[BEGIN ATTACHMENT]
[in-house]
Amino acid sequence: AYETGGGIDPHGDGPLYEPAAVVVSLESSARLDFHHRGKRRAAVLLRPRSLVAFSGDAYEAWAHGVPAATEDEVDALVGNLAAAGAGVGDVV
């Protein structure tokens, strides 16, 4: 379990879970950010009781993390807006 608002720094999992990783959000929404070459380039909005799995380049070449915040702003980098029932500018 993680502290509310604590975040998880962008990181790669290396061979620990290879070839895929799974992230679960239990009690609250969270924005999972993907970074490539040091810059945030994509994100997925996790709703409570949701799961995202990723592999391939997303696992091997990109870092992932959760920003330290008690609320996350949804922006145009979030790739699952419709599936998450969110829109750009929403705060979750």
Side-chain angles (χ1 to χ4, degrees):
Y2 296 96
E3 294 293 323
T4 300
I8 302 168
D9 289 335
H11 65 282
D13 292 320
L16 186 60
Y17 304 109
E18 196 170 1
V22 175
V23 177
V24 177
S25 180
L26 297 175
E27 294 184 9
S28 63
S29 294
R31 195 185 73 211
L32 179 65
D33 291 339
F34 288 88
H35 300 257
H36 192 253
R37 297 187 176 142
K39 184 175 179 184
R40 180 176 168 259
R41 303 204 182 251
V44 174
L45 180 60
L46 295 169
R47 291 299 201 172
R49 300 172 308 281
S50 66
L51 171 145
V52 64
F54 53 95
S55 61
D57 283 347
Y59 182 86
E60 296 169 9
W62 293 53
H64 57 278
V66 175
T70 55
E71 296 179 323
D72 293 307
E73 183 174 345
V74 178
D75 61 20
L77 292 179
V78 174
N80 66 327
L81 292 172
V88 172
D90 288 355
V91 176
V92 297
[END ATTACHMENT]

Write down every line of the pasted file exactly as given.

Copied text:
[in-house]
Amino acid sequence: AYETGGGIDPHGDGPLYEPAAVVVSLESSARLDFHHRGKRRAAVLLRPRSLVAFSGDAYEAWAHGVPAATEDEVDALVGNLAAAGAGVGDVV
């Protein structure tokens, strides 16, 4: 379990879970950010009781993390807006 608002720094999992990783959000929404070459380039909005799995380049070449915040702003980098029932500018 993680502290509310604590975040998880962008990181790669290396061979620990290879070839895929799974992230679960239990009690609250969270924005999972993907970074490539040091810059945030994509994100997925996790709703409570949701799961995202990723592999391939997303696992091997990109870092992932959760920003330290008690609320996350949804922006145009979030790739699952419709599936998450969110829109750009929403705060979750």
Side-chain angles (χ1 to χ4, degrees):
Y2 296 96
E3 294 293 323
T4 300
I8 302 168
D9 289 335
H11 65 282
D13 292 320
L16 186 60
Y17 304 109
E18 196 170 1
V22 175
V23 177
V24 177
S25 180
L26 297 175
E27 294 184 9
S28 63
S29 294
R31 195 185 73 211
L32 179 65
D33 291 339
F34 288 88
H35 300 257
H36 192 253
R37 297 187 176 142
K39 184 175 179 184
R40 180 176 168 259
R41 303 204 182 251
V44 174
L45 180 60
L46 295 169
R47 291 299 201 172
R49 300 172 308 281
S50 66
L51 171 145
V52 64
F54 53 95
S55 61
D57 283 347
Y59 182 86
E60 296 169 9
W62 293 53
H64 57 278
V66 175
T70 55
E71 296 179 323
D72 293 307
E73 183 174 345
V74 178
D75 61 20
L77 292 179
V78 174
N80 66 327
L81 292 172
V88 172
D90 288 355
V91 176
V92 297